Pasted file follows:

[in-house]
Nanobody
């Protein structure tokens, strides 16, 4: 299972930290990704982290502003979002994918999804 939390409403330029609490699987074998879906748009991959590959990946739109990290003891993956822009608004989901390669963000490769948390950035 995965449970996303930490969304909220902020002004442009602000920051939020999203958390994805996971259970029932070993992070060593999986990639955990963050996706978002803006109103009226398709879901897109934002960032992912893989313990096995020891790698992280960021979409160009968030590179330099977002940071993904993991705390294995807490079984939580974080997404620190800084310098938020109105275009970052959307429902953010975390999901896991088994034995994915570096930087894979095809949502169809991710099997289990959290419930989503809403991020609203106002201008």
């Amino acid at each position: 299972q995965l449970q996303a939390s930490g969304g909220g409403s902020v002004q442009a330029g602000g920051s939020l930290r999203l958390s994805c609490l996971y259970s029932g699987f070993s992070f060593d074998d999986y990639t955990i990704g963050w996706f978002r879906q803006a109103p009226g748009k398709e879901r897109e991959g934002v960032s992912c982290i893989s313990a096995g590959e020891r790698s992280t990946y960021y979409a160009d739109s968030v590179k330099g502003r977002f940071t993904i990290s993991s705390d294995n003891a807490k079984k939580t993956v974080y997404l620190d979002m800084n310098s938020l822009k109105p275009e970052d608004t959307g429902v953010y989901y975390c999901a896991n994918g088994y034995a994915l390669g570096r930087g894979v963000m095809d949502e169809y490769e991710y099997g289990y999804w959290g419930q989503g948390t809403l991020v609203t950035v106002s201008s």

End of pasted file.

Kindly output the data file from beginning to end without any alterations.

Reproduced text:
[in-house]
Nanobody
């Protein structure tokens, strides 16, 4: 299972930290990704982290502003979002994918999804 939390409403330029609490699987074998879906748009991959590959990946739109990290003891993956822009608004989901390669963000490769948390950035 995965449970996303930490969304909220902020002004442009602000920051939020999203958390994805996971259970029932070993992070060593999986990639955990963050996706978002803006109103009226398709879901897109934002960032992912893989313990096995020891790698992280960021979409160009968030590179330099977002940071993904993991705390294995807490079984939580974080997404620190800084310098938020109105275009970052959307429902953010975390999901896991088994034995994915570096930087894979095809949502169809991710099997289990959290419930989503809403991020609203106002201008």
């Amino acid at each position: 299972q995965l449970q996303a939390s930490g969304g909220g409403s902020v002004q442009a330029g602000g920051s939020l930290r999203l958390s994805c609490l996971y259970s029932g699987f070993s992070f060593d074998d999986y990639t955990i990704g963050w996706f978002r879906q803006a109103p009226g748009k398709e879901r897109e991959g934002v960032s992912c982290i893989s313990a096995g590959e020891r790698s992280t990946y960021y979409a160009d739109s968030v590179k330099g502003r977002f940071t993904i990290s993991s705390d294995n003891a807490k079984k939580t993956v974080y997404l620190d979002m800084n310098s938020l822009k109105p275009e970052d608004t959307g429902v953010y989901y975390c999901a896991n994918g088994y034995a994915l390669g570096r930087g894979v963000m095809d949502e169809y490769e991710y099997g289990y999804w959290g419930q989503g948390t809403l991020v609203t950035v106002s201008s």